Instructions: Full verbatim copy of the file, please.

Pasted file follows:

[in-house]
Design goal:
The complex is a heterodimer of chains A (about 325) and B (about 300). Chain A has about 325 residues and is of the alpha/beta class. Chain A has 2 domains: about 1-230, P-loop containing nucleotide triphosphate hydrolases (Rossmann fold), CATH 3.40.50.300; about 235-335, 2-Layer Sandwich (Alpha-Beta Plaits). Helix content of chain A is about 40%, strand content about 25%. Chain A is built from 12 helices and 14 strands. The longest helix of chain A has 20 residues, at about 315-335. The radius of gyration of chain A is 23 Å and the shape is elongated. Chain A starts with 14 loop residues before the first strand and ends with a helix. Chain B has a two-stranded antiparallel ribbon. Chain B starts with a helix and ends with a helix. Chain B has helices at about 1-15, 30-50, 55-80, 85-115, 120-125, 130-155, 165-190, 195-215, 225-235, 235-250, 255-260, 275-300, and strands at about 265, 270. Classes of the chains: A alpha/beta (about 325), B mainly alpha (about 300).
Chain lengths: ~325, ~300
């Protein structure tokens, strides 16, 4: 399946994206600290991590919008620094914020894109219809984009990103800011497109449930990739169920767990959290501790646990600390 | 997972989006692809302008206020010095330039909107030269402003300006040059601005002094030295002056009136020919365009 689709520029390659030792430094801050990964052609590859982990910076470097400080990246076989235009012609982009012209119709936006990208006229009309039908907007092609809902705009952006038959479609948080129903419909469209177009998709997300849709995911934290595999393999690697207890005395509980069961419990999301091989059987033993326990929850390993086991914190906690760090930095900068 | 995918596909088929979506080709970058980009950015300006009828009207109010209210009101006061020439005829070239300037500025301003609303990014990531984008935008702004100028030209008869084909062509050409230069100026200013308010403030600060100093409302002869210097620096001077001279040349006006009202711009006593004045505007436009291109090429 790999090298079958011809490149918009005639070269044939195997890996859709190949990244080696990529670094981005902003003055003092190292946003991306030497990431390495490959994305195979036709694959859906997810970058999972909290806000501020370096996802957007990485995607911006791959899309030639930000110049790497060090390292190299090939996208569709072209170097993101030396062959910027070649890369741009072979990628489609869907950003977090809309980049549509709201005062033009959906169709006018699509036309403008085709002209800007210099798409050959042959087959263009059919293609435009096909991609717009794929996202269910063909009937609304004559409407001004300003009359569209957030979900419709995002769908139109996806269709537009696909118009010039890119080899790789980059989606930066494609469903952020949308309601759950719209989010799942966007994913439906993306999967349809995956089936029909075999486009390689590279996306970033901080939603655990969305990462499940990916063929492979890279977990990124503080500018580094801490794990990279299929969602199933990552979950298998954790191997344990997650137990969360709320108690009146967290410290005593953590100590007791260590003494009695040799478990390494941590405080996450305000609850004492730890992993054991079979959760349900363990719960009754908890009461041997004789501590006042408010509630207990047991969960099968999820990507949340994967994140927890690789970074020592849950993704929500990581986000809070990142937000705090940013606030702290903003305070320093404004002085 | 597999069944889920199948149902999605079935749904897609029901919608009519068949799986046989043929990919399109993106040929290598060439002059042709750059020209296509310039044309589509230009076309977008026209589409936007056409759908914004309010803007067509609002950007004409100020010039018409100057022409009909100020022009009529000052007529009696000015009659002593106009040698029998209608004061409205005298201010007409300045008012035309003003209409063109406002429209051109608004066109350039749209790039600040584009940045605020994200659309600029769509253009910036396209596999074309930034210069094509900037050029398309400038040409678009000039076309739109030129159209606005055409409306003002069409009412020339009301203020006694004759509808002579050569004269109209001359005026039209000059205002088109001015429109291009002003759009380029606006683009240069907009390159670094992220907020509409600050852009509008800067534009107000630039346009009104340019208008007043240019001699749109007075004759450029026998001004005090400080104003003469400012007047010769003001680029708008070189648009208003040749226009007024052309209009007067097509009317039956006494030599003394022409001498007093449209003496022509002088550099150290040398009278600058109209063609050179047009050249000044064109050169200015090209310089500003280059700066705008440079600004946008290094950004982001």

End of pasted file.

[in-house]
Design goal:
The complex is a heterodimer of chains A (about 325) and B (about 300). Chain A has about 325 residues and is of the alpha/beta class. Chain A has 2 domains: about 1-230, P-loop containing nucleotide triphosphate hydrolases (Rossmann fold), CATH 3.40.50.300; about 235-335, 2-Layer Sandwich (Alpha-Beta Plaits). Helix content of chain A is about 40%, strand content about 25%. Chain A is built from 12 helices and 14 strands. The longest helix of chain A has 20 residues, at about 315-335. The radius of gyration of chain A is 23 Å and the shape is elongated. Chain A starts with 14 loop residues before the first strand and ends with a helix. Chain B has a two-stranded antiparallel ribbon. Chain B starts with a helix and ends with a helix. Chain B has helices at about 1-15, 30-50, 55-80, 85-115, 120-125, 130-155, 165-190, 195-215, 225-235, 235-250, 255-260, 275-300, and strands at about 265, 270. Classes of the chains: A alpha/beta (about 325), B mainly alpha (about 300).
Chain lengths: ~325, ~300
């Protein structure tokens, strides 16, 4: 399946994206600290991590919008620094914020894109219809984009990103800011497109449930990739169920767990959290501790646990600390 | 997972989006692809302008206020010095330039909107030269402003300006040059601005002094030295002056009136020919365009 689709520029390659030792430094801050990964052609590859982990910076470097400080990246076989235009012609982009012209119709936006990208006229009309039908907007092609809902705009952006038959479609948080129903419909469209177009998709997300849709995911934290595999393999690697207890005395509980069961419990999301091989059987033993326990929850390993086991914190906690760090930095900068 | 995918596909088929979506080709970058980009950015300006009828009207109010209210009101006061020439005829070239300037500025301003609303990014990531984008935008702004100028030209008869084909062509050409230069100026200013308010403030600060100093409302002869210097620096001077001279040349006006009202711009006593004045505007436009291109090429 790999090298079958011809490149918009005639070269044939195997890996859709190949990244080696990529670094981005902003003055003092190292946003991306030497990431390495490959994305195979036709694959859906997810970058999972909290806000501020370096996802957007990485995607911006791959899309030639930000110049790497060090390292190299090939996208569709072209170097993101030396062959910027070649890369741009072979990628489609869907950003977090809309980049549509709201005062033009959906169709006018699509036309403008085709002209800007210099798409050959042959087959263009059919293609435009096909991609717009794929996202269910063909009937609304004559409407001004300003009359569209957030979900419709995002769908139109996806269709537009696909118009010039890119080899790789980059989606930066494609469903952020949308309601759950719209989010799942966007994913439906993306999967349809995956089936029909075999486009390689590279996306970033901080939603655990969305990462499940990916063929492979890279977990990124503080500018580094801490794990990279299929969602199933990552979950298998954790191997344990997650137990969360709320108690009146967290410290005593953590100590007791260590003494009695040799478990390494941590405080996450305000609850004492730890992993054991079979959760349900363990719960009754908890009461041997004789501590006042408010509630207990047991969960099968999820990507949340994967994140927890690789970074020592849950993704929500990581986000809070990142937000705090940013606030702290903003305070320093404004002085 | 597999069944889920199948149902999605079935749904897609029901919608009519068949799986046989043929990919399109993106040929290598060439002059042709750059020209296509310039044309589509230009076309977008026209589409936007056409759908914004309010803007067509609002950007004409100020010039018409100057022409009909100020022009009529000052007529009696000015009659002593106009040698029998209608004061409205005298201010007409300045008012035309003003209409063109406002429209051109608004066109350039749209790039600040584009940045605020994200659309600029769509253009910036396209596999074309930034210069094509900037050029398309400038040409678009000039076309739109030129159209606005055409409306003002069409009412020339009301203020006694004759509808002579050569004269109209001359005026039209000059205002088109001015429109291009002003759009380029606006683009240069907009390159670094992220907020509409600050852009509008800067534009107000630039346009009104340019208008007043240019001699749109007075004759450029026998001004005090400080104003003469400012007047010769003001680029708008070189648009208003040749226009007024052309209009007067097509009317039956006494030599003394022409001498007093449209003496022509002088550099150290040398009278600058109209063609050179047009050249000044064109050169200015090209310089500003280059700066705008440079600004946008290094950004982001």